7 Key Tips to Make More Money in Commission Sales

At American Income Life Insurance Company, we know how hard you must work and what obstacles you must overcome to capitalize on “Opportunity Unlimited” and enjoy its success. From my perspective, the key is dedication. Because our Agencies do not force a salary, Agents, Managers, and State General Agents alike must “bring it” every day to make a living.                                                        

Commission Sales

While those on commission do have increased opportunity at achieving financial prosperity, there are also no guarantees.

Then again, you must be on a commission-paid compensation system in order to capitalize the true financial prosperity you desire. Those who are paid salary or hourly have different goals and ambitions than those who are motivated by money, like us. To us, it would be demotivating to report to work on Monday already knowing how much your paycheck would be on Friday. Commission-based earnings are the unlimited opportunity to bring you financial freedom.

And that’s the heart of the challenge.

Each day is an opportunity to reach a new summit of your Opportunity Unlimited. Want to “bring it” every day? Consider a few things that can help you sort what’s important, increase your productivity, and clear your mind.

  1. Manage your time effectively. Remember, it’s your time. You have a mission. As a personal producer at AIL/NILICO, your three primary fundamentals are appointment setting, presentations, and business conservation. If you’re not performing one of those three tasks, the odds at achieving your desired financial prosperity diminish. Review the task at hand, and see if what you’re doing fits into one of those three fundamental categories. If it doesn’t, end it. 
  2. Accept what you cannot change. I’m sure you’ve read this many times before. It’s very true. If you can’t change what you don’t like, why spend the time and energy trying?
  3. Know your limitations. Know the limitations of helping others. Our Company fosters a helping environment, but many of us help by giving, sometimes because we have an inability to say no. While we want to help everyone, it is important to learn to be assertive and say no without upsetting or offending.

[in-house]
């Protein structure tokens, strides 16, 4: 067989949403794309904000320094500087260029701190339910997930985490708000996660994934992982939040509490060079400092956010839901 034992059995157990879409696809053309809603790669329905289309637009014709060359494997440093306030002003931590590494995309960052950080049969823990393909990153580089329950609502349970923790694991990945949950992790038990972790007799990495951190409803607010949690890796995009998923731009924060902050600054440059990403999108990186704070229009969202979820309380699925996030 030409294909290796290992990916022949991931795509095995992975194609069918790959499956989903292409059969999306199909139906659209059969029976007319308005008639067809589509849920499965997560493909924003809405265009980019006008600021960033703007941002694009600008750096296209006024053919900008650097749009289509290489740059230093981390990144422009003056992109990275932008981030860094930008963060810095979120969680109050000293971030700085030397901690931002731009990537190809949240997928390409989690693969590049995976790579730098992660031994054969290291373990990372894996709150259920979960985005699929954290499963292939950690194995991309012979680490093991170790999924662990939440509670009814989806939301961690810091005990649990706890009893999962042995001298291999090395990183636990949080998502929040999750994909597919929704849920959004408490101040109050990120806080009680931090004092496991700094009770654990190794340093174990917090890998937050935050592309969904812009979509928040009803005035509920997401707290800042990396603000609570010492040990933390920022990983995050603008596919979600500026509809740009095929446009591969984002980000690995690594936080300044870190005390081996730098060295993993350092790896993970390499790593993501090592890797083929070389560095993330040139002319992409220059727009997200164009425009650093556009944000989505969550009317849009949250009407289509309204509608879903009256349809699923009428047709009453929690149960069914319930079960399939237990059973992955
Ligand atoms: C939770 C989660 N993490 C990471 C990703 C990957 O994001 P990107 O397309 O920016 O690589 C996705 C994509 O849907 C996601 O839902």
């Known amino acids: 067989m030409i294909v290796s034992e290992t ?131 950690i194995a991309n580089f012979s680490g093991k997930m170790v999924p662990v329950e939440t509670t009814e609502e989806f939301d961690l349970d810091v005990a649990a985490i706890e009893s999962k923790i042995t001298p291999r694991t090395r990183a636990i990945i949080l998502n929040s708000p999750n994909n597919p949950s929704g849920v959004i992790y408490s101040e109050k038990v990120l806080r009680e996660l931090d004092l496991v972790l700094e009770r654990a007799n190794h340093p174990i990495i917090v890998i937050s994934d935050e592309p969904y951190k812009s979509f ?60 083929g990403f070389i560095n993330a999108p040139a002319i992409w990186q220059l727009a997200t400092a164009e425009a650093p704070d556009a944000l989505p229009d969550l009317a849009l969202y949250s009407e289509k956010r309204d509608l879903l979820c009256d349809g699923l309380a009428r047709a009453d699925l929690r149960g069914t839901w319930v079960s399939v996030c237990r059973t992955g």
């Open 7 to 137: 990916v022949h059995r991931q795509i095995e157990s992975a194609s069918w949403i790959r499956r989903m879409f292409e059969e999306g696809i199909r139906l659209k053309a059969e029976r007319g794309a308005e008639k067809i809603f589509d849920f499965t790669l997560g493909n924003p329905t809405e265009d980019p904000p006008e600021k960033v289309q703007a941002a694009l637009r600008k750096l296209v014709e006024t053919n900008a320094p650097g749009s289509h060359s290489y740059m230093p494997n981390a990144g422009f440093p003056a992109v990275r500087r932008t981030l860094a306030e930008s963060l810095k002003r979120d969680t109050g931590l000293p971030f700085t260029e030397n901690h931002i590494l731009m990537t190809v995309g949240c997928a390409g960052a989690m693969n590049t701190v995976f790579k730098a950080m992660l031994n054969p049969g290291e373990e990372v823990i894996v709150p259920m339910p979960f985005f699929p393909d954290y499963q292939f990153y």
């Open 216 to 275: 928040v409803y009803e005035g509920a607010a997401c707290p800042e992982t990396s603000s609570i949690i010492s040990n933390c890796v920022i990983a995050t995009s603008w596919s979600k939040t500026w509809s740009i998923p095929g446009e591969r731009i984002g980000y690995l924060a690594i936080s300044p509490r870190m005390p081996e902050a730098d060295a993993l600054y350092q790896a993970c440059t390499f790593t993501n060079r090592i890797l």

4. Find out what causes you stress. If you look at what specifically interferes with productivity, you will learn to avoid those scenarios. Certainly, stress is an obstacle. Normally, stress is caused by too many things to do with too little time to perform them. In this case, it’s not the act as much as the lack of time frame. Consider getting up earlier instead of staying up later; prioritize what’s important, and do not allow outside influences to get in your way.
  5. Adopt a healthier lifestyle. I recently started going to the gym regularly. I hadn’t gone to the gym since I stopped coaching high school basketball almost 15 years ago. After five months, while the effects may not be visual (LOL), they certainly are mental. The feeling I have of putting time into myself daily makes me feel good and enables productivity.
  6. Try to see things differently. If something is bothering you, make an honest attempt to see things in a new light. Involving someone else from the outside can help give you a fresh perspective. Many times you have a concept of the solution, but collaboration permits beneficial exchanges to your own outlook.
  7. Gauge Relativity. I’ve known people who seem to have an internal “stress cylinder” that is constantly filled. These people always have something to worry about. Throughout the day, more stuff gets thrown in the cylinder, and it automatically gets sorted from the least stressful to the most stressful. For example, say your car battery is no good. Your tires also need a little air. Of course, the tires are not the priority; instead, the focus is fixing the battery and getting the car to start. The battery situation is a stressful hassle and ranks at the top of the “stress cylinder”. So you get it charged, and get it out of the “stress cylinder”. Immediately, the lack of air in the tires floats to the top . . . and its level of stress rises to where the battery situation was . . . because the battery situation no longer exists – a vicious cycle of one stressful incident replacing another. Keep what’s important in perspective. It’s just air. If it wasn’t stressful before the battery was fixed, it shouldn’t be now.

These are just a few things to help you organize your pursuit of Opportunity Unlimited. The possibilities to improve what you do every day are endless. You have a tough job. It’s not easy . . . and it’s not supposed to be. Clearing your mind and reorganizing your approach will help you become more productive and find success.

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